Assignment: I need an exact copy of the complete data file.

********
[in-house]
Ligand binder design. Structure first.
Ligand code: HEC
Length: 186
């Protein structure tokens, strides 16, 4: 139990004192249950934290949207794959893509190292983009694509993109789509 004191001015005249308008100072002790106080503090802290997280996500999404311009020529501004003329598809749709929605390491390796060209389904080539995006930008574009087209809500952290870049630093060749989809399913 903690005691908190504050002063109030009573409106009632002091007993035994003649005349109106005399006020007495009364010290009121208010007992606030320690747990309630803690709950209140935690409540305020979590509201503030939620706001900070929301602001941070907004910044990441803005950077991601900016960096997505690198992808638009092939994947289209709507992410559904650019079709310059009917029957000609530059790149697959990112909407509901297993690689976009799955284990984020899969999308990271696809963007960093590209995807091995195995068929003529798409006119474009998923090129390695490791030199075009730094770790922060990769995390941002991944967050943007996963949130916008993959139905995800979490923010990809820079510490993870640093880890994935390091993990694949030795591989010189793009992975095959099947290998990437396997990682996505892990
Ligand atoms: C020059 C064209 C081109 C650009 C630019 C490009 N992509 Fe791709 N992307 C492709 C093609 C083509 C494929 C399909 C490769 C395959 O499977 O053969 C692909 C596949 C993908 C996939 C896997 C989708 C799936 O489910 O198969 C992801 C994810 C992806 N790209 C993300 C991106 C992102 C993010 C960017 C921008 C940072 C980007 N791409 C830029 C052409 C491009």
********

[in-house]
Ligand binder design. Structure first.
Ligand code: HEC
Length: 186
């Protein structure tokens, strides 16, 4: 139990004192249950934290949207794959893509190292983009694509993109789509 004191001015005249308008100072002790106080503090802290997280996500999404311009020529501004003329598809749709929605390491390796060209389904080539995006930008574009087209809500952290870049630093060749989809399913 903690005691908190504050002063109030009573409106009632002091007993035994003649005349109106005399006020007495009364010290009121208010007992606030320690747990309630803690709950209140935690409540305020979590509201503030939620706001900070929301602001941070907004910044990441803005950077991601900016960096997505690198992808638009092939994947289209709507992410559904650019079709310059009917029957000609530059790149697959990112909407509901297993690689976009799955284990984020899969999308990271696809963007960093590209995807091995195995068929003529798409006119474009998923090129390695490791030199075009730094770790922060990769995390941002991944967050943007996963949130916008993959139905995800979490923010990809820079510490993870640093880890994935390091993990694949030795591989010189793009992975095959099947290998990437396997990682996505892990
Ligand atoms: C020059 C064209 C081109 C650009 C630019 C490009 N992509 Fe791709 N992307 C492709 C093609 C083509 C494929 C399909 C490769 C395959 O499977 O053969 C692909 C596949 C993908 C996939 C896997 C989708 C799936 O489910 O198969 C992801 C994810 C992806 N790209 C993300 C991106 C992102 C993010 C960017 C921008 C940072 C980007 N791409 C830029 C052409 C491009």